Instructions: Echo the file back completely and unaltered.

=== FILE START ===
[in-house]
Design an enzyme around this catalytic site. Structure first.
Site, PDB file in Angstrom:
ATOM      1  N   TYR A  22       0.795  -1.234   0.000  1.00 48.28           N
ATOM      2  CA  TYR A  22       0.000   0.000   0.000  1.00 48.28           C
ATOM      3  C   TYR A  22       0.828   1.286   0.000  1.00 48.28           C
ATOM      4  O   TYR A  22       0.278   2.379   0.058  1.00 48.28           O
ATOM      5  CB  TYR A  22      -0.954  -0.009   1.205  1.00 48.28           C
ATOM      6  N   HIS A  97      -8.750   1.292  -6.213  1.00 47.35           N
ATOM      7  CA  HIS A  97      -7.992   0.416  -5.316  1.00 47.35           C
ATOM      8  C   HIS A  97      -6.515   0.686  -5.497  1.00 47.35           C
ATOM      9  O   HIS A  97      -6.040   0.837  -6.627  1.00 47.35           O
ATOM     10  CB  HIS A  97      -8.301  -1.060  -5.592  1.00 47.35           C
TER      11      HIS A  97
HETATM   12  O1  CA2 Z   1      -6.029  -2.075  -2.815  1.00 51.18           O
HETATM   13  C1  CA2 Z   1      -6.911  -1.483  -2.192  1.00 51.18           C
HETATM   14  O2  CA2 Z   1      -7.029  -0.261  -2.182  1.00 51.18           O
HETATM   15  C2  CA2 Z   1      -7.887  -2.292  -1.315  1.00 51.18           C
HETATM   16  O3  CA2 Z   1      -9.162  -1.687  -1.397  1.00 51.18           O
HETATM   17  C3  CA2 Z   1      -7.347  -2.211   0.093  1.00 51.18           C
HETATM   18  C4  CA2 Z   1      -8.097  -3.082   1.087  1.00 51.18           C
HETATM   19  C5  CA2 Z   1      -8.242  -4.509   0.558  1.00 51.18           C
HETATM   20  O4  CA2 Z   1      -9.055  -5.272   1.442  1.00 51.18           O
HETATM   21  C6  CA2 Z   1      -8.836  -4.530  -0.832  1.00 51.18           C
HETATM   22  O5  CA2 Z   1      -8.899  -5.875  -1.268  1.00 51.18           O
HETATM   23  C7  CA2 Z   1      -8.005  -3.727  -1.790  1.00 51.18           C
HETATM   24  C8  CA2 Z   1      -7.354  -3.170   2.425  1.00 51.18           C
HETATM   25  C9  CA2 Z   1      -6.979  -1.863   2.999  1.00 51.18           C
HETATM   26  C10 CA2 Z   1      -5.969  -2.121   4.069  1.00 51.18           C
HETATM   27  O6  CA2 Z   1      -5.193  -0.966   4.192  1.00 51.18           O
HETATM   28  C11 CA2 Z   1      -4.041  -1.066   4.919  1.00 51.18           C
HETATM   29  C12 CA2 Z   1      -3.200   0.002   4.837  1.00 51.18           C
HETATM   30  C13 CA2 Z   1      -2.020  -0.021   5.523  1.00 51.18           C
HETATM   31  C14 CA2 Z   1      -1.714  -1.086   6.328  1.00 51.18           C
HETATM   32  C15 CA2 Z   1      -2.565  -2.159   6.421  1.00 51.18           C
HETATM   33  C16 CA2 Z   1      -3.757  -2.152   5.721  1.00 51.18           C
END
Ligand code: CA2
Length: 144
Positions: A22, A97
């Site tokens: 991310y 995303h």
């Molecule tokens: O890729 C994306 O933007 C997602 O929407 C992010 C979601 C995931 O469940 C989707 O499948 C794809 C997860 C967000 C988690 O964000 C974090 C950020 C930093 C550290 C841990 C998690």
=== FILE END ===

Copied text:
[in-house]
Design an enzyme around this catalytic site. Structure first.
Site, PDB file in Angstrom:
ATOM      1  N   TYR A  22       0.795  -1.234   0.000  1.00 48.28           N
ATOM      2  CA  TYR A  22       0.000   0.000   0.000  1.00 48.28           C
ATOM      3  C   TYR A  22       0.828   1.286   0.000  1.00 48.28           C
ATOM      4  O   TYR A  22       0.278   2.379   0.058  1.00 48.28           O
ATOM      5  CB  TYR A  22      -0.954  -0.009   1.205  1.00 48.28           C
ATOM      6  N   HIS A  97      -8.750   1.292  -6.213  1.00 47.35           N
ATOM      7  CA  HIS A  97      -7.992   0.416  -5.316  1.00 47.35           C
ATOM      8  C   HIS A  97      -6.515   0.686  -5.497  1.00 47.35           C
ATOM      9  O   HIS A  97      -6.040   0.837  -6.627  1.00 47.35           O
ATOM     10  CB  HIS A  97      -8.301  -1.060  -5.592  1.00 47.35           C
TER      11      HIS A  97
HETATM   12  O1  CA2 Z   1      -6.029  -2.075  -2.815  1.00 51.18           O
HETATM   13  C1  CA2 Z   1      -6.911  -1.483  -2.192  1.00 51.18           C
HETATM   14  O2  CA2 Z   1      -7.029  -0.261  -2.182  1.00 51.18           O
HETATM   15  C2  CA2 Z   1      -7.887  -2.292  -1.315  1.00 51.18           C
HETATM   16  O3  CA2 Z   1      -9.162  -1.687  -1.397  1.00 51.18           O
HETATM   17  C3  CA2 Z   1      -7.347  -2.211   0.093  1.00 51.18           C
HETATM   18  C4  CA2 Z   1      -8.097  -3.082   1.087  1.00 51.18           C
HETATM   19  C5  CA2 Z   1      -8.242  -4.509   0.558  1.00 51.18           C
HETATM   20  O4  CA2 Z   1      -9.055  -5.272   1.442  1.00 51.18           O
HETATM   21  C6  CA2 Z   1      -8.836  -4.530  -0.832  1.00 51.18           C
HETATM   22  O5  CA2 Z   1      -8.899  -5.875  -1.268  1.00 51.18           O
HETATM   23  C7  CA2 Z   1      -8.005  -3.727  -1.790  1.00 51.18           C
HETATM   24  C8  CA2 Z   1      -7.354  -3.170   2.425  1.00 51.18           C
HETATM   25  C9  CA2 Z   1      -6.979  -1.863   2.999  1.00 51.18           C
HETATM   26  C10 CA2 Z   1      -5.969  -2.121   4.069  1.00 51.18           C
HETATM   27  O6  CA2 Z   1      -5.193  -0.966   4.192  1.00 51.18           O
HETATM   28  C11 CA2 Z   1      -4.041  -1.066   4.919  1.00 51.18           C
HETATM   29  C12 CA2 Z   1      -3.200   0.002   4.837  1.00 51.18           C
HETATM   30  C13 CA2 Z   1      -2.020  -0.021   5.523  1.00 51.18           C
HETATM   31  C14 CA2 Z   1      -1.714  -1.086   6.328  1.00 51.18           C
HETATM   32  C15 CA2 Z   1      -2.565  -2.159   6.421  1.00 51.18           C
HETATM   33  C16 CA2 Z   1      -3.757  -2.152   5.721  1.00 51.18           C
END
Ligand code: CA2
Length: 144
Positions: A22, A97
């Site tokens: 991310y 995303h």
């Molecule tokens: O890729 C994306 O933007 C997602 O929407 C992010 C979601 C995931 O469940 C989707 O499948 C794809 C997860 C967000 C988690 O964000 C974090 C950020 C930093 C550290 C841990 C998690």